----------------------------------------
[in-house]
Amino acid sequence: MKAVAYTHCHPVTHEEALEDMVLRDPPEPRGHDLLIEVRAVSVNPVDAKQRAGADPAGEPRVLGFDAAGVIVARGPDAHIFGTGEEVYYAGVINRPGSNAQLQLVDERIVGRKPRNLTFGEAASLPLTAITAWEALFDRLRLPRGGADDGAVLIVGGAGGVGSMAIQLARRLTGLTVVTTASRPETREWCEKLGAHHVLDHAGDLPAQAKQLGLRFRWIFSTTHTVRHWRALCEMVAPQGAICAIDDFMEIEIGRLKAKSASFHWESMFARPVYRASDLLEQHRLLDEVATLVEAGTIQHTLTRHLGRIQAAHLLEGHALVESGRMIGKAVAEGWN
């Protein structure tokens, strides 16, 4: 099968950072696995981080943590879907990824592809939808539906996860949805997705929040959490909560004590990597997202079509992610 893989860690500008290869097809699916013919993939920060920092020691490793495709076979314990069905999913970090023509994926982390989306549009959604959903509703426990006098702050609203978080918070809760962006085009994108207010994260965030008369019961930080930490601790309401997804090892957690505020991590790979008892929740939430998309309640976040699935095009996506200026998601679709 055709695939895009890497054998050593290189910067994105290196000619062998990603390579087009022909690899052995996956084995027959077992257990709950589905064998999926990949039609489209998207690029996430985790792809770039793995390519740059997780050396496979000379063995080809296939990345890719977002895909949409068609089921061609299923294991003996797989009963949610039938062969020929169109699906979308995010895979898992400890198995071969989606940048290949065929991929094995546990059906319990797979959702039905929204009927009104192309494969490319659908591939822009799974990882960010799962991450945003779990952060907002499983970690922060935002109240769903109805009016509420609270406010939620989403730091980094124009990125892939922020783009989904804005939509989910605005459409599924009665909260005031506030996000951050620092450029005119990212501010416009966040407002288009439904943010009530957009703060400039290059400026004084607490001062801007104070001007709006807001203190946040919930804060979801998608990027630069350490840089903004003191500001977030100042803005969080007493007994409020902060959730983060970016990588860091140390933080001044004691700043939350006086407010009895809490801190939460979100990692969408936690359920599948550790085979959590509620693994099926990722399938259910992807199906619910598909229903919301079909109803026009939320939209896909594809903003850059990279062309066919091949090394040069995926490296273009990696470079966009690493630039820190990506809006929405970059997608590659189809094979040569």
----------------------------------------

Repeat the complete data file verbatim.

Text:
[in-house]
Amino acid sequence: MKAVAYTHCHPVTHEEALEDMVLRDPPEPRGHDLLIEVRAVSVNPVDAKQRAGADPAGEPRVLGFDAAGVIVARGPDAHIFGTGEEVYYAGVINRPGSNAQLQLVDERIVGRKPRNLTFGEAASLPLTAITAWEALFDRLRLPRGGADDGAVLIVGGAGGVGSMAIQLARRLTGLTVVTTASRPETREWCEKLGAHHVLDHAGDLPAQAKQLGLRFRWIFSTTHTVRHWRALCEMVAPQGAICAIDDFMEIEIGRLKAKSASFHWESMFARPVYRASDLLEQHRLLDEVATLVEAGTIQHTLTRHLGRIQAAHLLEGHALVESGRMIGKAVAEGWN
């Protein structure tokens, strides 16, 4: 099968950072696995981080943590879907990824592809939808539906996860949805997705929040959490909560004590990597997202079509992610 893989860690500008290869097809699916013919993939920060920092020691490793495709076979314990069905999913970090023509994926982390989306549009959604959903509703426990006098702050609203978080918070809760962006085009994108207010994260965030008369019961930080930490601790309401997804090892957690505020991590790979008892929740939430998309309640976040699935095009996506200026998601679709 055709695939895009890497054998050593290189910067994105290196000619062998990603390579087009022909690899052995996956084995027959077992257990709950589905064998999926990949039609489209998207690029996430985790792809770039793995390519740059997780050396496979000379063995080809296939990345890719977002895909949409068609089921061609299923294991003996797989009963949610039938062969020929169109699906979308995010895979898992400890198995071969989606940048290949065929991929094995546990059906319990797979959702039905929204009927009104192309494969490319659908591939822009799974990882960010799962991450945003779990952060907002499983970690922060935002109240769903109805009016509420609270406010939620989403730091980094124009990125892939922020783009989904804005939509989910605005459409599924009665909260005031506030996000951050620092450029005119990212501010416009966040407002288009439904943010009530957009703060400039290059400026004084607490001062801007104070001007709006807001203190946040919930804060979801998608990027630069350490840089903004003191500001977030100042803005969080007493007994409020902060959730983060970016990588860091140390933080001044004691700043939350006086407010009895809490801190939460979100990692969408936690359920599948550790085979959590509620693994099926990722399938259910992807199906619910598909229903919301079909109803026009939320939209896909594809903003850059990279062309066919091949090394040069995926490296273009990696470079966009690493630039820190990506809006929405970059997608590659189809094979040569």